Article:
New Hampshire Theatre Project
presents Diane Edgecomb in
Live at NH Theatre Project
Fri/Sat: November 18 & 19 | 8:00pm
Sun: November 20 | 2:00pm
Purchase Tickets NOW
Sun: November 20 | 2:00pm
Purchase Livestream Tickets NOW
Tickets : $30 general admission, $26 students, seniors, veterans - livestream $20
NOTE: This production was the first show NHTP had to cancel due to the Covid-19 pandemic in March 2020. We are honored to bring it back in 2022.
“There is one world, but a thousand doorways.” ~Kurdish Proverb
What if telling a story meant risking your life? Moved by the silencing of the Kurdish language by Turkish laws, Diane Edgecomb embarks on a journey of intrigue and heart to record the last Kurdish storytellers. In remote mountain villages, forbidden to outsiders, the stories of the Kurds' lives and of their struggle mixed with startling ancient legends. Compassion opens new doorways to this hidden world: a mythic landscape of shepherds, guard towers, caravans, impossible mountain passes and the mysterious eggs from an ancient tree; a deeply moving, richly humorous story of the extraordinary people who shared their lives and their stories with her.
Based entirely on true events, A Thousand Doorways tells of Diane’s journey to gather the folktales of the last Kurdish storytellers. A storyteller herself, she is swept into a world of oppression and silenced voices where even the simplest cultural expression is forbidden. The resilience of the Kurds, their humor and heart in the face of every challenge, is revealed as Diane finds her search has become a deep quest for a touchstone for her own work and an even deeper search for redemption. The piece is woven through with the magical Kurdish fairy tale “The Eggs of the Ancient Tree.” mirroring and challenging the author’s own journey.
“An epic story told with consummate skill.” - The Stage
“An uplifting story about how the human spirit triumphs in the face of all odds.” - Broadway Baby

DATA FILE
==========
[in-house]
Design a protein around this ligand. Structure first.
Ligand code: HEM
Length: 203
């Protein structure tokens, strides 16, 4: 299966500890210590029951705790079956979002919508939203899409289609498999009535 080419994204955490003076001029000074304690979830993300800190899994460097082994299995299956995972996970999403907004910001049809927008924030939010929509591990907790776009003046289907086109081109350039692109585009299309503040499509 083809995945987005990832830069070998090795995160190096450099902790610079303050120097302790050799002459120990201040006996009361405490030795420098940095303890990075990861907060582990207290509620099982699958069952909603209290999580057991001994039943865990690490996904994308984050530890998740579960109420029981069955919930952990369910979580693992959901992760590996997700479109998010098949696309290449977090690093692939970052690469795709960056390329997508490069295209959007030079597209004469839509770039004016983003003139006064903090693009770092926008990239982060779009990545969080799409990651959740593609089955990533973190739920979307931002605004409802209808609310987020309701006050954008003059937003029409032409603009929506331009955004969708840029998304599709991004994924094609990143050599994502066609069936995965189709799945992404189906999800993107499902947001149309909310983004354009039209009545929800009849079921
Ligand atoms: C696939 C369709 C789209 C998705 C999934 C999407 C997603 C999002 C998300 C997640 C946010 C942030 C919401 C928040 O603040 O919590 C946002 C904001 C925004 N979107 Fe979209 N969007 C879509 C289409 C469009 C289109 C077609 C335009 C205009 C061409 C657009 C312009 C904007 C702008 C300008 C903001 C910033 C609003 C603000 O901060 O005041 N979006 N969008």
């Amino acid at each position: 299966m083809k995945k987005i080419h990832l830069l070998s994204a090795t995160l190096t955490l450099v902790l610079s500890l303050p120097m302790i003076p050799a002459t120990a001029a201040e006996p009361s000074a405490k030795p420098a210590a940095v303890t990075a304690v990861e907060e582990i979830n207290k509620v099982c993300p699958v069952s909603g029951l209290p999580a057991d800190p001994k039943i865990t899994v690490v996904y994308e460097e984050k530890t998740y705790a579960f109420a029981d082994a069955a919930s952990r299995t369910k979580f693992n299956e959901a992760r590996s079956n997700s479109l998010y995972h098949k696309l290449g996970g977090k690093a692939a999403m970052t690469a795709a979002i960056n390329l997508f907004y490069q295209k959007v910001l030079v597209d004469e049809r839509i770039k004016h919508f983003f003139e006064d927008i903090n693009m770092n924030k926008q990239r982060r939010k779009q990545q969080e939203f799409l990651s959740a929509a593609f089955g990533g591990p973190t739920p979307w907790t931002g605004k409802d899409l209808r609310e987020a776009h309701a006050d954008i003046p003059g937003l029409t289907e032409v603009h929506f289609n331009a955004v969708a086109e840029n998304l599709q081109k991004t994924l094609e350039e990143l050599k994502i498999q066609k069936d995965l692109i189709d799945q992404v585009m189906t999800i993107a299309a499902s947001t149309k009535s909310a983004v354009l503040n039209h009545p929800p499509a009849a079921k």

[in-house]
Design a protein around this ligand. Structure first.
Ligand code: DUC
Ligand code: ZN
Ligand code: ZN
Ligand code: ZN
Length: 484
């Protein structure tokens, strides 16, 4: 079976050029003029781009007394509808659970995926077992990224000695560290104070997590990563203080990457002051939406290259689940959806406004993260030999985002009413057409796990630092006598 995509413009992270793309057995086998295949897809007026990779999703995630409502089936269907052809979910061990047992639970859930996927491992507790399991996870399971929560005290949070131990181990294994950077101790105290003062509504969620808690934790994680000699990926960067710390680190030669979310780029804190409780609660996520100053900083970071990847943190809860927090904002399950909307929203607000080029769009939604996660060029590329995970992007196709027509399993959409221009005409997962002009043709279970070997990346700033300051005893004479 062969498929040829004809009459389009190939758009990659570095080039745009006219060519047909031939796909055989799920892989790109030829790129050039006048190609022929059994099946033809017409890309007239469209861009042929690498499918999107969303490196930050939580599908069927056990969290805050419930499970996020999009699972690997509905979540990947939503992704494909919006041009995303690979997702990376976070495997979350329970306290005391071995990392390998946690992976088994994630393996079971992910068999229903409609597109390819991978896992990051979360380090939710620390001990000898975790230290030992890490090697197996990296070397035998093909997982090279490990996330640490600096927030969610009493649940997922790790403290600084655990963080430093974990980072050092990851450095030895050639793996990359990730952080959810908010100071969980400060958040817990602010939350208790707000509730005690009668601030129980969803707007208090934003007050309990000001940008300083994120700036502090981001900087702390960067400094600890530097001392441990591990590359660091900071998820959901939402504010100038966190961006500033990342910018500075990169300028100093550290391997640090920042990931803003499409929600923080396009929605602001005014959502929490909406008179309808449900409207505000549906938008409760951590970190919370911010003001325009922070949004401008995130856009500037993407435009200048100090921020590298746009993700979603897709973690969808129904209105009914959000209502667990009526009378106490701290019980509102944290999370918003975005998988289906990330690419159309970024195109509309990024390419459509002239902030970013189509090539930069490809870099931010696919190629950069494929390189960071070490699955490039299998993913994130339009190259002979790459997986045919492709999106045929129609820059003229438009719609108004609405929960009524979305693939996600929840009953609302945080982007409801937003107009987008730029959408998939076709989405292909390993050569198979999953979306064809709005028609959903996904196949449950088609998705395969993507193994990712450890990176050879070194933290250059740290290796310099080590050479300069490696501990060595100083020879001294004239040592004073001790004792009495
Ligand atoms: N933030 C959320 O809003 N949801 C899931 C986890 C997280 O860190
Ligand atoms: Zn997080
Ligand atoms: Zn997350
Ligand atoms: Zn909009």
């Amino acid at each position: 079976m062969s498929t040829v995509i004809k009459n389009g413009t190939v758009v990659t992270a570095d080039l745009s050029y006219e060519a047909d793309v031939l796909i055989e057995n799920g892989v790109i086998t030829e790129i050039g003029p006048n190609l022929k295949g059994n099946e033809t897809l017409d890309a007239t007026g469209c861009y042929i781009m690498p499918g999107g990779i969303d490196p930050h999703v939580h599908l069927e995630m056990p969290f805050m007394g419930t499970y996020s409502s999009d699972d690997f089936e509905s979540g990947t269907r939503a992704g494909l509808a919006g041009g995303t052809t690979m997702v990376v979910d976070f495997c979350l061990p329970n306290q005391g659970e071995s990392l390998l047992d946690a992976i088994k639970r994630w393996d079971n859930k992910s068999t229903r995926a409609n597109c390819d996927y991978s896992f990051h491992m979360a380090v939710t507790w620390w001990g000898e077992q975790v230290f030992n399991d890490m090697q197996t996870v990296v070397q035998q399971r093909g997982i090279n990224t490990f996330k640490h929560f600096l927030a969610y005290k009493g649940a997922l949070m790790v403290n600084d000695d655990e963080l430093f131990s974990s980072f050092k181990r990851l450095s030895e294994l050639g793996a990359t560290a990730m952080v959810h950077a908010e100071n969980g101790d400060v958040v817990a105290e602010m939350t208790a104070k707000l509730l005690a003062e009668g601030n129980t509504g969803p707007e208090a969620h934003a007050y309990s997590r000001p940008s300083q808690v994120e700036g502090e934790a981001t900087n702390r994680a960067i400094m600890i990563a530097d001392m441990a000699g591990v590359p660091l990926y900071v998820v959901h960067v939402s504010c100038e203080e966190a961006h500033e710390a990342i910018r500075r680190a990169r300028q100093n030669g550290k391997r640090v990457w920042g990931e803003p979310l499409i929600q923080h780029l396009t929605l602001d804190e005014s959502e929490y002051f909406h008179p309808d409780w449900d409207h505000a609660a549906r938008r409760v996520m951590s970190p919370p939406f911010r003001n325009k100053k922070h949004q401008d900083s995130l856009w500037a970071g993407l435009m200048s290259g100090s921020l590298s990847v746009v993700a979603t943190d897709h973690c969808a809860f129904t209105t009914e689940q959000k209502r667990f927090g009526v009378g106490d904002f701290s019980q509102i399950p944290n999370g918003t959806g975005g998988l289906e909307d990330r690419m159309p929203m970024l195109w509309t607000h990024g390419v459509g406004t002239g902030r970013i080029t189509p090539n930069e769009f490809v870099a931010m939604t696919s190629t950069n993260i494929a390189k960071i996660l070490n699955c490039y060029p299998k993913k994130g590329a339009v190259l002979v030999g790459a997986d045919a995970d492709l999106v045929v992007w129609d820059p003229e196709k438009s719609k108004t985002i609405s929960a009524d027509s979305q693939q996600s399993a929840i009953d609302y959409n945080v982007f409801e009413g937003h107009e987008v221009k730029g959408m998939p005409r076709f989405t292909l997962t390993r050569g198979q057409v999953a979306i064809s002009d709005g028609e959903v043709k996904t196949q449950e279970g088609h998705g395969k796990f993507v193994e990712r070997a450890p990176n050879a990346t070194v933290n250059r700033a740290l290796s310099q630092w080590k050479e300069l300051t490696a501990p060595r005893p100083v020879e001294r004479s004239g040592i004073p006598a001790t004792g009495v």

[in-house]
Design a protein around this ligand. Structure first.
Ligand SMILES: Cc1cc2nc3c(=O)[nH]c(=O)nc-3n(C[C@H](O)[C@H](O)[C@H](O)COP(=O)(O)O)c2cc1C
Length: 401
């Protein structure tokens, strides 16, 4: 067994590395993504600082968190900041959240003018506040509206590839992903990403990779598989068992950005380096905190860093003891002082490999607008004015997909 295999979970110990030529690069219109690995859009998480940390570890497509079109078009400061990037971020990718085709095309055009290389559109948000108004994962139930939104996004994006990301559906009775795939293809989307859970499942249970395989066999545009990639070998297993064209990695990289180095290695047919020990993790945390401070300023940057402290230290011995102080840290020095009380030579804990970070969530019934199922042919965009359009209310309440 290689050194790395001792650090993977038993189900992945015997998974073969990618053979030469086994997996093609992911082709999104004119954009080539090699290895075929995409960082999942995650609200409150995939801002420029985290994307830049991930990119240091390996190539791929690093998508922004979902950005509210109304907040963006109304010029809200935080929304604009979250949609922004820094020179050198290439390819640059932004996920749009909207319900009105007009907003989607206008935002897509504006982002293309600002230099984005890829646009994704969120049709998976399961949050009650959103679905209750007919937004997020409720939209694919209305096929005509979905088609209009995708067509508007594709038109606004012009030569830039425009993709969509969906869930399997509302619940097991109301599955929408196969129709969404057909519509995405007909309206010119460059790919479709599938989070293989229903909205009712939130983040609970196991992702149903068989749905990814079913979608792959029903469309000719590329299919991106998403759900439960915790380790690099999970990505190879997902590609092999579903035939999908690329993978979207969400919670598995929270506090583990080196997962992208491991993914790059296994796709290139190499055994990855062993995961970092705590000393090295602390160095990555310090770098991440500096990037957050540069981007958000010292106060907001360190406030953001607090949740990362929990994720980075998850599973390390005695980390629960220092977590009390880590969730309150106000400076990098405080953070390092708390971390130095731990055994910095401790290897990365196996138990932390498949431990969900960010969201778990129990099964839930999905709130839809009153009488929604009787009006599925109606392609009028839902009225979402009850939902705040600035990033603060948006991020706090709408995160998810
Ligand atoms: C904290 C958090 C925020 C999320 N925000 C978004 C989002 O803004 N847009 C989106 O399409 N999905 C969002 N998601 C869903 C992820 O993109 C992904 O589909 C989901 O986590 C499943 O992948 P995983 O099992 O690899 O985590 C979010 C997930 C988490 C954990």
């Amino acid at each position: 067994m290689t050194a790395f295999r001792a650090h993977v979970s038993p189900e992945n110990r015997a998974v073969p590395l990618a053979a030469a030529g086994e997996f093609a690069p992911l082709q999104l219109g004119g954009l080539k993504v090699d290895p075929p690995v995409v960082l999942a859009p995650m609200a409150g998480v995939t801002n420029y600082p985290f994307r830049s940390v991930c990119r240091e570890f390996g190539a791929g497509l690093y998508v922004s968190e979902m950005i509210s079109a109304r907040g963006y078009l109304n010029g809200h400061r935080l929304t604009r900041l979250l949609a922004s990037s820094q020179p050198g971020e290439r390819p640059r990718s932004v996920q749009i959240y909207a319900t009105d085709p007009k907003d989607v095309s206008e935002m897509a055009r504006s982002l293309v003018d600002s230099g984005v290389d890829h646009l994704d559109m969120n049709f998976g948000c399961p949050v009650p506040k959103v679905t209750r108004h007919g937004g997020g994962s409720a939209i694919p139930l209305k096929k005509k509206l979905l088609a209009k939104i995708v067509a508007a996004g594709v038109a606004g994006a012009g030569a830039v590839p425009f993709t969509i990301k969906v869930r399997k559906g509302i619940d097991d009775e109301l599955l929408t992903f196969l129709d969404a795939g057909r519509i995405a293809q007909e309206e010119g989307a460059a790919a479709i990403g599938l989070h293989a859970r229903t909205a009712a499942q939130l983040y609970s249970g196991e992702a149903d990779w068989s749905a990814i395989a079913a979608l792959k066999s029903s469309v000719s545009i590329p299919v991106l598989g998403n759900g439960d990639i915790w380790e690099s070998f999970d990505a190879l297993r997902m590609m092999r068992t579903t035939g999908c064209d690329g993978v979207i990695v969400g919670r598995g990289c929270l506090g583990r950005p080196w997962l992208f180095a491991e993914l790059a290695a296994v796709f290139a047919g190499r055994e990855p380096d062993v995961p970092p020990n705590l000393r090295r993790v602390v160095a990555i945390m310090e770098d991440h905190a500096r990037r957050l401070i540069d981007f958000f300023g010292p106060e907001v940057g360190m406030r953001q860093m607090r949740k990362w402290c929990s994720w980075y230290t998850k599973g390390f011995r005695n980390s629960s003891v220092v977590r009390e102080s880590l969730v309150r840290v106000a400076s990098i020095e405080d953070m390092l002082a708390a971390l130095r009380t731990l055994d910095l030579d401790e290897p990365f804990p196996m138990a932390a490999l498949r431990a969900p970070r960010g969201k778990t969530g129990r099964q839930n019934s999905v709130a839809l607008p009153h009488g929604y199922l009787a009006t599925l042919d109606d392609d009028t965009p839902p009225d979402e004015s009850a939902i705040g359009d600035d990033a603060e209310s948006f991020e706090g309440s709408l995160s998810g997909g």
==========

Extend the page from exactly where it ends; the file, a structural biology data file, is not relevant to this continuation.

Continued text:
Author of A Fire in My Heart, the first collection of Kurdish folktales to be published in English, Diane Edgecomb is also one of America’s leading storytellers, winner of the only ORACLE award for Storytelling Excellence in the Northeast the National Circle of Excellence award and five Storytelling World awards. A transformational teller with a rich background in the theatre arts, Diane’s dynamic storytelling embraces elements of theatre, movement and song bringing each piece vividly to life. A featured teller on NPR and winner of a Year’s Best Performance award for her theater work in Boston, Diane’s storytelling has been seen at prestigious venues throughout the country and internationally for over twenty-five years including the National Storytelling Festival, the International Storytelling Center, the Scottish International Storytelling Festival and the Kurdish Heritage Library and Museum. Passionate about the power of story and what it can do for our world, Diane’s keynotes and workshops often accompany her performances inspiring a renewed vision for our world as well as encouraging each person’s expressive and narrative abilities.
“Diane Edgecomb’s performance of A Thousand Doorways
is a tour de force in every way. The story of her adventures in the Kurdish region of Turkey is courageous and deeply evocative, by turns terrifying, hilarious, enchanting and poignant. Her delivery of this incredible story is impeccable, bringing to life every character she meets with vivid style. From her intrepid and entrepreneurial mountain guide, to the refugee boy who has lost his front teeth due to torture, to the feisty grandmother who spins magical ancient tales and then invites her to “skypee,” every person is unforgettable. A Thousand Doorways
will leave you irrevocably and powerfully changed.” —Genevieve Aichele, New Hampshire Theatre Project
NHTP's 2022-23 season theme of Legacy & Transformation asks the question: What do we leave behind? A Thousand Doorways explores what happens when a culture is forced to leave behind its traditions and stories. What is our responsibility to preserve endangered cultures? What does the world risk in losing their stories completely?